1. I wish I had known that I was not in control of my schedule

At college, I was in charge. I knew when I would eat, sleep, and recreate. I ruled my time as sole heir of everything that was allowed into my life. This monarchy met reality once Christmas break started. Families and employers had been planning and dreaming about what would happen when I got home. Save yourself a ton of strife and misunderstanding by calling them before you get home and asking if they have any plans. This is especially important with mothers as they have dreams to make everything special.

  1. I wish I had known that independence/respect was earned

While I was at college, I was treated as an adult. I needed to realize that not only was I entering the land of my childhood, but success in college did not qualify me for respect in life. A good rule of thumb would be to remember that I should never talk to my parents in a tone or way I would not address my professor. If I deserved an F for not turning in an assignment or for sloppy work, I deserve an F at home for showing up late or leaving my clothes in the walkway.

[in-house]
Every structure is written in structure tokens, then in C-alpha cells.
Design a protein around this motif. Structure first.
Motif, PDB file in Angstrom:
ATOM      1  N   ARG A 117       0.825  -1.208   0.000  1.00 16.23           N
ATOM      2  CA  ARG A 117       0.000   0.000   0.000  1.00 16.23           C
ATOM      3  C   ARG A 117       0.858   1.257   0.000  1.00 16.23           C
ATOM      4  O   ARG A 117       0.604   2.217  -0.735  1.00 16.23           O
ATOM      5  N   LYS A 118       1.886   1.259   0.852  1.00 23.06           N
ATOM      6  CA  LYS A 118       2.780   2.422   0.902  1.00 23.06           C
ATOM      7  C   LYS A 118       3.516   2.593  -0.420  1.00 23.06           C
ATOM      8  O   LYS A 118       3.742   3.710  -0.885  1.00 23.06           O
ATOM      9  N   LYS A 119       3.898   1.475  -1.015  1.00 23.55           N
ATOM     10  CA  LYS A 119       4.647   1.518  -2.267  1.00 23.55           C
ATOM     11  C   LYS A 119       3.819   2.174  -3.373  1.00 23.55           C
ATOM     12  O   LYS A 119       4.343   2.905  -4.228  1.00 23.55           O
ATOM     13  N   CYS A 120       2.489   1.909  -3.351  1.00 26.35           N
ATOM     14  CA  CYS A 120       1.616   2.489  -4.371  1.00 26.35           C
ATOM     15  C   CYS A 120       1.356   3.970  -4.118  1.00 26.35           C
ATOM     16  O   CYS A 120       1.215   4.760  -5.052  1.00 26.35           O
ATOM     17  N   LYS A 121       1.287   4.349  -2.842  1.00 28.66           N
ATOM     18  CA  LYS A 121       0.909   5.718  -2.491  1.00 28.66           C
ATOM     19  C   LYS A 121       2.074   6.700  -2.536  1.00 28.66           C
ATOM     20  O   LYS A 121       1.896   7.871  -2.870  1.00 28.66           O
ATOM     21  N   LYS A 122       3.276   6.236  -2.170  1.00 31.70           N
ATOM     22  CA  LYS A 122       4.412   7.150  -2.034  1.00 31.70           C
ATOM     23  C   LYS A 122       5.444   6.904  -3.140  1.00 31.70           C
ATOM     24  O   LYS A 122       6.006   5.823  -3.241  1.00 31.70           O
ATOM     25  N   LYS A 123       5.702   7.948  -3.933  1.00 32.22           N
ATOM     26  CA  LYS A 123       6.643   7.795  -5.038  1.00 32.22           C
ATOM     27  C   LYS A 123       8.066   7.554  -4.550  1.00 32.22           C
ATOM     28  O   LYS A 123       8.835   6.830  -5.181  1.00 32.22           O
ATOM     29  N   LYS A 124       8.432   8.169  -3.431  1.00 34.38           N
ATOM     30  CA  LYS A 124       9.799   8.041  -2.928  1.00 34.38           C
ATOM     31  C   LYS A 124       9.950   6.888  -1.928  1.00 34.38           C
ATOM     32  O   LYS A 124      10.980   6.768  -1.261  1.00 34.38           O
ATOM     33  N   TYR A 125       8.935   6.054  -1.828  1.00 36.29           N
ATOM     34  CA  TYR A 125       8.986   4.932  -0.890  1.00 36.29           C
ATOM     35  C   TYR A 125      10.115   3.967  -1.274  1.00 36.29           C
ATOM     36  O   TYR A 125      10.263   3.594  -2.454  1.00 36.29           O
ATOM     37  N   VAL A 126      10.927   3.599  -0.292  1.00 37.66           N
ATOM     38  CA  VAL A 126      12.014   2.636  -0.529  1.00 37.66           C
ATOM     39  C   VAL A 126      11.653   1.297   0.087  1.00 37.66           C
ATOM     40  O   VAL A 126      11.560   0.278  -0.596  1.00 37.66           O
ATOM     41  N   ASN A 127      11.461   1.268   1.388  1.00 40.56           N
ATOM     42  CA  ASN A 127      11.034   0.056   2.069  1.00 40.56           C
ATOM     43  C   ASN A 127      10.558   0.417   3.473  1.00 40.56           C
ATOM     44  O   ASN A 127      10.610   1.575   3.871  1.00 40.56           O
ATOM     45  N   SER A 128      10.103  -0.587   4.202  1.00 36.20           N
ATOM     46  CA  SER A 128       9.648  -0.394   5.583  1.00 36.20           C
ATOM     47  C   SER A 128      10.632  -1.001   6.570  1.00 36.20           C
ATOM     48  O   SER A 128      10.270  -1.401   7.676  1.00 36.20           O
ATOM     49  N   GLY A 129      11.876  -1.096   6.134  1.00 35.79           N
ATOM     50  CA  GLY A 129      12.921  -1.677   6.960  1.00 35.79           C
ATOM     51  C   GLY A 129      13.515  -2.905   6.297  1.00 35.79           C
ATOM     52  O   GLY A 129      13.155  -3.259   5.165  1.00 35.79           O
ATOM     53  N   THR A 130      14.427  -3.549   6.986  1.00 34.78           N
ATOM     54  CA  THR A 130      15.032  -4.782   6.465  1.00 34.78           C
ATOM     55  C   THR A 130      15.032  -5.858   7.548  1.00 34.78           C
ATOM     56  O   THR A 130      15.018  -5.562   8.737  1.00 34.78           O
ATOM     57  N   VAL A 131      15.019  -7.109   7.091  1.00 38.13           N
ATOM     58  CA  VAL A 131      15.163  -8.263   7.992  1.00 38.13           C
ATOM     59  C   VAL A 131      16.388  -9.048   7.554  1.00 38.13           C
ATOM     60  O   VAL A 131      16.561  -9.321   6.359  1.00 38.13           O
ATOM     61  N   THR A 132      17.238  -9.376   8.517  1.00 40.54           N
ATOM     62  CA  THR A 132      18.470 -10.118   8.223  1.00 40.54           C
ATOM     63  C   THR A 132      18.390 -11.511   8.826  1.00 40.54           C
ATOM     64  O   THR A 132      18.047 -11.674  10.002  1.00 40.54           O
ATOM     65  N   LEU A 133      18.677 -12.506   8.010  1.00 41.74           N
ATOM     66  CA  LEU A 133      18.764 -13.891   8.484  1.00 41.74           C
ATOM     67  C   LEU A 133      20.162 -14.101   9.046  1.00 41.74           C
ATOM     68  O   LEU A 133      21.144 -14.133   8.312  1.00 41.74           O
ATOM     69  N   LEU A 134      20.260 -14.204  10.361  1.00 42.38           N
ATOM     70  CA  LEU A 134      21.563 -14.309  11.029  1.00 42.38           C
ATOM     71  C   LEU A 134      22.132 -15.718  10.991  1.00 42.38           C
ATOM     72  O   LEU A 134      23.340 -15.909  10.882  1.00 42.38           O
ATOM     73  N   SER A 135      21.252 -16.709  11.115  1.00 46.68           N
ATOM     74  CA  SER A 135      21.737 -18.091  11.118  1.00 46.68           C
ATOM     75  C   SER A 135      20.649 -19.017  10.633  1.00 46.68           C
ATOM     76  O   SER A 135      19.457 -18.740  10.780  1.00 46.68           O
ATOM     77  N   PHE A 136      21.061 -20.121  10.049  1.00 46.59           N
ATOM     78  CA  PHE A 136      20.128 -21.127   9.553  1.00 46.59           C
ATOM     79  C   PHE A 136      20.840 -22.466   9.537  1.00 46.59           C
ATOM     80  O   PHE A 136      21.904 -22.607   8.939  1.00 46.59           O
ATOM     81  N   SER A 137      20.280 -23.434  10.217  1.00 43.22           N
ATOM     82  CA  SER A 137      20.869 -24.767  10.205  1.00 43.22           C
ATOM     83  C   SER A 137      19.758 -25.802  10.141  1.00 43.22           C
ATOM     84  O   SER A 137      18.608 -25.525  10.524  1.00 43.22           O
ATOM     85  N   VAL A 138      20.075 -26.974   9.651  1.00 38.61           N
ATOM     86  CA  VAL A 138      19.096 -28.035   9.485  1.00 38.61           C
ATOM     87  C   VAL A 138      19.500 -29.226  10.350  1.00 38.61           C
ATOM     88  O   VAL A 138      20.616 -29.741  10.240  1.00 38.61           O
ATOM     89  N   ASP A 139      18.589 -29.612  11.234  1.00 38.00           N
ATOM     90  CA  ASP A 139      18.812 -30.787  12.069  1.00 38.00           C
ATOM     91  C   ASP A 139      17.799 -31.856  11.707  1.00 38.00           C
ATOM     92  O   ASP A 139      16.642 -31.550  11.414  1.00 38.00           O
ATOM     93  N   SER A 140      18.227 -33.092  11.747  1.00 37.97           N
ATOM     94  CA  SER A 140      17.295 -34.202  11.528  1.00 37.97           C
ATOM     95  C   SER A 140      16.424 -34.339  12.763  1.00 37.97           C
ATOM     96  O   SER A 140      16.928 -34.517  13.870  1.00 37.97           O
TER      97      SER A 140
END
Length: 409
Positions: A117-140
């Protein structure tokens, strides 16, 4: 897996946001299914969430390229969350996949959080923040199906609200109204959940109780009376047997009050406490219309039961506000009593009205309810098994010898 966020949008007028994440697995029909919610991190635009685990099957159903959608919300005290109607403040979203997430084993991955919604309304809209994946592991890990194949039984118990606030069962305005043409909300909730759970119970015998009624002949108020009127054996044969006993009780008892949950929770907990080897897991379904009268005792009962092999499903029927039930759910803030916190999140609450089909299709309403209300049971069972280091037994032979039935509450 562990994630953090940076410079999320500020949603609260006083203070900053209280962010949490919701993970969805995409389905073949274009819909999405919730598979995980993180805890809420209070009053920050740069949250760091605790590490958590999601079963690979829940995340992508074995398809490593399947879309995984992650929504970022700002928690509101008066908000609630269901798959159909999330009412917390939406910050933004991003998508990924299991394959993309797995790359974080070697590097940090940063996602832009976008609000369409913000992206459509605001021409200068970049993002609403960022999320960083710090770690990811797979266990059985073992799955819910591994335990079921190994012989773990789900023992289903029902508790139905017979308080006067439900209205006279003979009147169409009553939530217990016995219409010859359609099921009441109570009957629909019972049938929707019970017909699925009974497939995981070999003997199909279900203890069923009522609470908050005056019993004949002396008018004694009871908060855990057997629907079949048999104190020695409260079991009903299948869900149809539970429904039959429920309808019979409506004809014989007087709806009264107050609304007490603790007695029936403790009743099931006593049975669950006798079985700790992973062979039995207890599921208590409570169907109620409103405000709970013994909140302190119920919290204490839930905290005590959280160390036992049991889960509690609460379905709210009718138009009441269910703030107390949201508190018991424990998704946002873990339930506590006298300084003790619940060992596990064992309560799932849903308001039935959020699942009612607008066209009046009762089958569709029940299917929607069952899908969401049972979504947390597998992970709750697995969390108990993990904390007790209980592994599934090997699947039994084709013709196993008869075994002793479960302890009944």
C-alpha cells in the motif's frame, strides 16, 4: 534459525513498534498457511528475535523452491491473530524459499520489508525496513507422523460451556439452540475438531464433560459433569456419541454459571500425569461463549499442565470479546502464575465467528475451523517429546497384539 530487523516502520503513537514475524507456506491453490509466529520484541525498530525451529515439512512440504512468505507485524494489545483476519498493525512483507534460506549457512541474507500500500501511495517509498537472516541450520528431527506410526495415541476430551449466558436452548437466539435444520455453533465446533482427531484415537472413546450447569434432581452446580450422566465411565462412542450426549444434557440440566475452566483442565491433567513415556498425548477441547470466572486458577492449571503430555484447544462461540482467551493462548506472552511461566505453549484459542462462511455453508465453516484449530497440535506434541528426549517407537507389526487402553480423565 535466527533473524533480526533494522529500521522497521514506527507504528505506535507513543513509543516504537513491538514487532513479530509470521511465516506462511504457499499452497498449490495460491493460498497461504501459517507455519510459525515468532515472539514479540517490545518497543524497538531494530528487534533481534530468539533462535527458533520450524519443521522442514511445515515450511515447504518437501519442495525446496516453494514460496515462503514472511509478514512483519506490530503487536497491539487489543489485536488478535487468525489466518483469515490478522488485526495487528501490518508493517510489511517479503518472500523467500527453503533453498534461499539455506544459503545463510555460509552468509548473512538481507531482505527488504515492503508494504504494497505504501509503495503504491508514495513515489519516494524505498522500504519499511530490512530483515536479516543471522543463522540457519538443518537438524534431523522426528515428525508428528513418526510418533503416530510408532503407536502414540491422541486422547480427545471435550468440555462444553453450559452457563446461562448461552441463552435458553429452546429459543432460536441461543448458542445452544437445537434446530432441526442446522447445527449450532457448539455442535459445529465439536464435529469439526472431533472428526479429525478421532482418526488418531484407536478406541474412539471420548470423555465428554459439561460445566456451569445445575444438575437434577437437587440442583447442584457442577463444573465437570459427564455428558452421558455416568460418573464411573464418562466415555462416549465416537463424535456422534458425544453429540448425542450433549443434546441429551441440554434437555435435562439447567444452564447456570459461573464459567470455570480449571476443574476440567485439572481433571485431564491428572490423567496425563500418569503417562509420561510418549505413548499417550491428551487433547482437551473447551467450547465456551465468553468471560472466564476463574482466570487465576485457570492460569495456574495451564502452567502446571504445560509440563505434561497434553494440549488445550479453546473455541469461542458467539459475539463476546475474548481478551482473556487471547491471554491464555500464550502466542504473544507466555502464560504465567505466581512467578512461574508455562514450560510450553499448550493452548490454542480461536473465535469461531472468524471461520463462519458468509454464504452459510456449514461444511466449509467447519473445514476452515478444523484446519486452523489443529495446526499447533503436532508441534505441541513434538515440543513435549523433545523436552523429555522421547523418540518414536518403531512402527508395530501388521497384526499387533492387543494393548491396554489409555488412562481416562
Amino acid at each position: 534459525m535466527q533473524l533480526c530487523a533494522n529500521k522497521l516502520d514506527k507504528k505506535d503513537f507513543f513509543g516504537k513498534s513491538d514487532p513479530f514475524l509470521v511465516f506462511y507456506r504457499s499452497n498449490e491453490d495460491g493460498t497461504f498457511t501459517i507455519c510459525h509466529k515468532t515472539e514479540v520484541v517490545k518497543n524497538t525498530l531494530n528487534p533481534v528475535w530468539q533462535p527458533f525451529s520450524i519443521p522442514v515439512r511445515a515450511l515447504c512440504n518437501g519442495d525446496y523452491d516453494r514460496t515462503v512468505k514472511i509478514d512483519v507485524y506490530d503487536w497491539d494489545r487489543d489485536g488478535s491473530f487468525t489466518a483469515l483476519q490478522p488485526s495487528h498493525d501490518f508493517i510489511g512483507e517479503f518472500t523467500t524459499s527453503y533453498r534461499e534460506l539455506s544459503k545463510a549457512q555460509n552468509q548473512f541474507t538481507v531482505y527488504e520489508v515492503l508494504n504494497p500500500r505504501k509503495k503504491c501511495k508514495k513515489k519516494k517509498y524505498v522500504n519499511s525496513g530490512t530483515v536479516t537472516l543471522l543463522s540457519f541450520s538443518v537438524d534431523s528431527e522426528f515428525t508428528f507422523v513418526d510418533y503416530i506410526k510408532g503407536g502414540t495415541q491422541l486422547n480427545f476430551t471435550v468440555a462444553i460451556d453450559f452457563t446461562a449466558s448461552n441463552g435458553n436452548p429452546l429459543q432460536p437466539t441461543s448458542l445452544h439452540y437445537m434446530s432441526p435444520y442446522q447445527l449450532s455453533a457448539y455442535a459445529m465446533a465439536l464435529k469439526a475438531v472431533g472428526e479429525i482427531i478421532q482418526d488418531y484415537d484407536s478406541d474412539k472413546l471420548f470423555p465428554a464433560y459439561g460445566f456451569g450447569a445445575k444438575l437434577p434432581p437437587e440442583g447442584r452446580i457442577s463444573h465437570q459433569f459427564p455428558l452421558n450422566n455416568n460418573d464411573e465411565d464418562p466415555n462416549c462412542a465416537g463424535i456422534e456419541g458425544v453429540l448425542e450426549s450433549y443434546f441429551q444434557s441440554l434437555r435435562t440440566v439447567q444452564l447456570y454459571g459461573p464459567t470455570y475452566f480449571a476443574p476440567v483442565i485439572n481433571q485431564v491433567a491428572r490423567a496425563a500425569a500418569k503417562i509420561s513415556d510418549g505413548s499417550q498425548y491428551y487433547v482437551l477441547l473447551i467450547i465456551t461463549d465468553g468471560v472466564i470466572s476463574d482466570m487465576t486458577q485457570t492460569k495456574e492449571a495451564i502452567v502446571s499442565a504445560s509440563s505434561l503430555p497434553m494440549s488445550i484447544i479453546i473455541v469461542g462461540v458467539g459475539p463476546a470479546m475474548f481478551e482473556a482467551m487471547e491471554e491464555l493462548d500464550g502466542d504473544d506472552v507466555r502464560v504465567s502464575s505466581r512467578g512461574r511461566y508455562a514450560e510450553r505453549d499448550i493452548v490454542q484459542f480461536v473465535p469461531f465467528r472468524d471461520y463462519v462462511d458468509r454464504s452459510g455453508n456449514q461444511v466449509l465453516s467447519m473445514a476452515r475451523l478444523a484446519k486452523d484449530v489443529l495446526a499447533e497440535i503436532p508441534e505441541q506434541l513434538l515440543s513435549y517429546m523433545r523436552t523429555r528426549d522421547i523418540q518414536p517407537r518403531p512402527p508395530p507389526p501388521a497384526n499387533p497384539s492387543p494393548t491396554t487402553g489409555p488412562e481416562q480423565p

1. I wish I had known that I had major opportunities to invest in real relationships

When home over break, most people get to spend time with the people who invested the most in them, and made them who they are. These are the real friendships that should get the most attention. Take mom or dad out for coffee, participate in a younger sibling’s project, sit and talk with the grandparents. If possible contact a high school teacher or spiritual leader, chances are they would love to hear about your life but don’t want to intrude. The cute cat photos on Facebook can wait while you invest in 3D relationships.

  1. I wish I had known that I needed to get involved

People wanted to know more about my experiences, but they also wanted to share theirs with me. I assumed that I knew what happened in their life because nothing ever changed at home. One of the best ways to get involved is to ask good questions about your family and friends at home. Even though you are only home for a month get involved. Get involved in your family. Play games, be adventurous, enjoy making new traditions. Get involved in your church through starting conversations, or joining the choir or helping in youth activities. One of the greatest reasons college students are stereotyped as selfish lazy slobs is because they view break as a well-earned rest to be spent on themselves.